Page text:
Chapter 7 Trustee’s Meeting in Will Co.

Chapter 7 Trustee’s Meeting in Will County – a different experience

By Bankruptcy Info Blog | October 13, 2014 at 11:56 AM EDT | No Comments

My usual stomping ground for trustee’s meetings is downtown Chicago.  I often attend meetings in Lake County and Du Page County and I have even been out to Rockford a time or two.  But last week I attended my first bankruptcy trustee’s meeting in Joliet – that’s in Will County.

Before I even attended the meeting I received an email from an attorney asking if he could attend the meeting in my place for a nominal fee of only $100.  It seems that many attorneys don’t want the bother of going all the way to Joliet.  I don’t know … I guess it’s not cost effective.  I sent a polite “no thank you” email.  My clients are usually stressed enough.  I would never ask them to meet a stranger at a time like that.

Unlike Cook County, in Will County the meetings are not behind closed doors so everyone gets to listen in on every meeting taking place.  Most meetings went smoothly but there were a few cases that experienced some bumps.  One meeting was a disaster.

In a couple meetings the trustee was annoyed because documents had not been delivered prior to the meeting.  In one case the attorney handed the documents to the trustee so we all sat there quietly while the trustee reviewed paycheck stubs and income tax returns.  This is something the trustee usually does prior to the meeting to move things along.  In the other case the attorney did not have the documents with him.  I wondered whether this was one of the cases with a hired substitute attorney.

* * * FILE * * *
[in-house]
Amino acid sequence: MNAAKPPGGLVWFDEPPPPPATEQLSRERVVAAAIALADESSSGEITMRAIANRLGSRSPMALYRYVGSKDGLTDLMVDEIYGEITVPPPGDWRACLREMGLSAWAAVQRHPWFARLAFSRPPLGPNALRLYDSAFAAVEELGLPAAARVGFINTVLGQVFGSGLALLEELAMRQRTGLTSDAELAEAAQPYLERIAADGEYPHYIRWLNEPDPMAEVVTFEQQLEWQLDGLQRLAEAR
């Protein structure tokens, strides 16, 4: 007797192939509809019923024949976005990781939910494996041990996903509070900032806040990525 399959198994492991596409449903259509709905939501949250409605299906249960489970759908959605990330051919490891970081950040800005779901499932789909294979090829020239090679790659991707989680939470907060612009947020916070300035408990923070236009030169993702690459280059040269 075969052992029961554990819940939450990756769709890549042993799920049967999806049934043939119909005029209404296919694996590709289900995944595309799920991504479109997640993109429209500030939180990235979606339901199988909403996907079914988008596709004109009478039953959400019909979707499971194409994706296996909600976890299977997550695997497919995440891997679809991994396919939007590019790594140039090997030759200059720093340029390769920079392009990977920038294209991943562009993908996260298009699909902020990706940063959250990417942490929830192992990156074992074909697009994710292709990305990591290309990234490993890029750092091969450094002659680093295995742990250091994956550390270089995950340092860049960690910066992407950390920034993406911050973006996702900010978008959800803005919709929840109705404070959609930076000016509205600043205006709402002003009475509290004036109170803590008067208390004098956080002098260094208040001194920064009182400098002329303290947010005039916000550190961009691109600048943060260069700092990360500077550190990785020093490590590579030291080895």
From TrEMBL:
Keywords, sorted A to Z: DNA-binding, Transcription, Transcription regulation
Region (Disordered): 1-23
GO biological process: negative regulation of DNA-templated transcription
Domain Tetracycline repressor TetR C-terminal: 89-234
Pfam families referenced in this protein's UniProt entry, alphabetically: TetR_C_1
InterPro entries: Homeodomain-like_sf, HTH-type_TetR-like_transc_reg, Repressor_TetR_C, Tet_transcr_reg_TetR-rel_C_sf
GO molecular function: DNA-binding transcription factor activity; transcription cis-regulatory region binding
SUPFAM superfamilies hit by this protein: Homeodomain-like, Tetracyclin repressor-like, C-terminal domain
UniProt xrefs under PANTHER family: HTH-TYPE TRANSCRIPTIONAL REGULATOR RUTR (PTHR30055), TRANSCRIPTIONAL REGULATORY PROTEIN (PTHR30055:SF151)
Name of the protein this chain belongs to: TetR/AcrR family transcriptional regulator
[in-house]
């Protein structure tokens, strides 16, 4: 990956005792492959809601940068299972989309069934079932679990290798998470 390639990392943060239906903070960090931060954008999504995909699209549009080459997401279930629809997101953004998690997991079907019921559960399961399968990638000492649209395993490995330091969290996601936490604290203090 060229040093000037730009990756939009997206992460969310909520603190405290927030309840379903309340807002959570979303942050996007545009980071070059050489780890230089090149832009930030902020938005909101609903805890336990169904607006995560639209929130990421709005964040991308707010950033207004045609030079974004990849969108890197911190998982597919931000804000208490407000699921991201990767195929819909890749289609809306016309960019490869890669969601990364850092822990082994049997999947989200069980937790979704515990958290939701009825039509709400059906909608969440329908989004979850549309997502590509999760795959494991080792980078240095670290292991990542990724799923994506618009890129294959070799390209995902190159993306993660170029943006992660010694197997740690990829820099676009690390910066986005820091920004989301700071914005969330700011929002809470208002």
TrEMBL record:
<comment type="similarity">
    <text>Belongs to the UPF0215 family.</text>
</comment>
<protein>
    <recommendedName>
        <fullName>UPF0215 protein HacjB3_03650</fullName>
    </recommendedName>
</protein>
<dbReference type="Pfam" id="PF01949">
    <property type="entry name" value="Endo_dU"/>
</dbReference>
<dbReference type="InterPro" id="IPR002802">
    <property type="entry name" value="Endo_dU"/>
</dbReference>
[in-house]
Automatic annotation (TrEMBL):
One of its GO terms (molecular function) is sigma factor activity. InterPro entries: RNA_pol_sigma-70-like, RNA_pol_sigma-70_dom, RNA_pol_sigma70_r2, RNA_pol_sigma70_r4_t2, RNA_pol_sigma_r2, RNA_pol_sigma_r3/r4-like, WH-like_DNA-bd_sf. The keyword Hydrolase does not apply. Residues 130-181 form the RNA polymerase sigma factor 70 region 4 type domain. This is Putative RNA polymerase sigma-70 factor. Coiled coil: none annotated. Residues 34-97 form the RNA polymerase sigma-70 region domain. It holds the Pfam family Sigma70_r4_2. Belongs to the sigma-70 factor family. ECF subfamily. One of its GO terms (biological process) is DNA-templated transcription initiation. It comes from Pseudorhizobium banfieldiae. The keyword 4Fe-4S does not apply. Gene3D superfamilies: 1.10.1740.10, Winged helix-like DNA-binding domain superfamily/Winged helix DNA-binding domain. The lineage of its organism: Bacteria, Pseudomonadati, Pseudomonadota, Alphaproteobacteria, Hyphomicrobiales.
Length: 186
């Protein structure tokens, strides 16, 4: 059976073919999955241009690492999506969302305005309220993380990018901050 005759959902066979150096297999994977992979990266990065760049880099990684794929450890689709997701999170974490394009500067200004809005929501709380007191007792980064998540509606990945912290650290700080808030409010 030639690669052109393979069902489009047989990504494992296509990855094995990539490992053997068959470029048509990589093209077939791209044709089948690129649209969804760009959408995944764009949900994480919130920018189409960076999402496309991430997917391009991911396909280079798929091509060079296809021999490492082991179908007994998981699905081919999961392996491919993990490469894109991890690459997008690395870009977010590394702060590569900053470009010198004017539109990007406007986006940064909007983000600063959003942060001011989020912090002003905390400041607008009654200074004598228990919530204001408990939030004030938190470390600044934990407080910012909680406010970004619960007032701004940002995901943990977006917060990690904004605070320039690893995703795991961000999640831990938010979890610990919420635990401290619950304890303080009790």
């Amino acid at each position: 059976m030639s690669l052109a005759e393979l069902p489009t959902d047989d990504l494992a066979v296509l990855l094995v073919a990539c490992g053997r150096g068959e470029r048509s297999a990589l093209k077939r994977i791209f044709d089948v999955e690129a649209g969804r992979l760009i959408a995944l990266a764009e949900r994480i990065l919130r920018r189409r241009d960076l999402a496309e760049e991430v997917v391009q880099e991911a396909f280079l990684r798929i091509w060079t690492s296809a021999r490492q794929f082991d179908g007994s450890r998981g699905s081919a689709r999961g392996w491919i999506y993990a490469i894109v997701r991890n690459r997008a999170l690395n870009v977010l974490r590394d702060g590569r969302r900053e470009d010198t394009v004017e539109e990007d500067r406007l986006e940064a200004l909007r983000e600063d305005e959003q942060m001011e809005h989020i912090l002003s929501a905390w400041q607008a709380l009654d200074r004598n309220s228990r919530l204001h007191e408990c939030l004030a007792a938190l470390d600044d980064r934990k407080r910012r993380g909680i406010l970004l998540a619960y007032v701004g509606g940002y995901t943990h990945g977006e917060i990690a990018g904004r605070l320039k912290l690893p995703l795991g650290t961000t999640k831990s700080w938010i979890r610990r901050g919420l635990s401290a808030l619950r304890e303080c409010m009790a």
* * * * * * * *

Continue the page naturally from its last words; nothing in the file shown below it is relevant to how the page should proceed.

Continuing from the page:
In one case the debtor had a claim for $80,000. against someone but had no money to continue the lawsuit.  The trustee might take over the lawsuit.  If he is successful the creditors would be paid and the debtor would receive the balance of funds, if any.  That would be a wonderful outcome.

Then there was the disaster! … The debtor’s answers to the trustee’s questions were so bizarre.  He testified that his house was worth $400,000. and that he owed only $200,000. on it.  The trustee pounced on that statement. Finally the debtor’s attorney stepped in and said “The debtor is not in his right mind.  He is giving answers that are not right.”  He went on to say the debtor was waiting for an operation and was heavily sedated.  The trustee wanted to continue the meeting to a different date but the attorney inexplicably wanted his client to continue answering questions. The trustee said “You just said your client is not in his right mind.  How can I continue?”  So the case was given a 2 month continuance.  I hope they can get their act together for the next meeting or the debtor will lose his home.

The other strange thing about the creditor’s meetings was that the trustee asked each attorney how much he charged the debtor for handling their bankruptcy.  Usually the trustee just asks if all fees have been paid.  My fees are very reasonable so I didn’t mind letting everyone know what I charge.  But one attorney had 6 cases and the fees he charged ranged between $1,600. to $2,400. per case.  I personally think that’s outrageous!  Maybe those fees would be okay for a Chapter 13 – but not for a Chapter 7.  I wonder how his clients felt when they realized they paid hundreds of dollars more than everyone else.  The moral here is to always check around when pricing ANYTHING.

Thus ended my trip to Joliet.  It was really a “different” experience.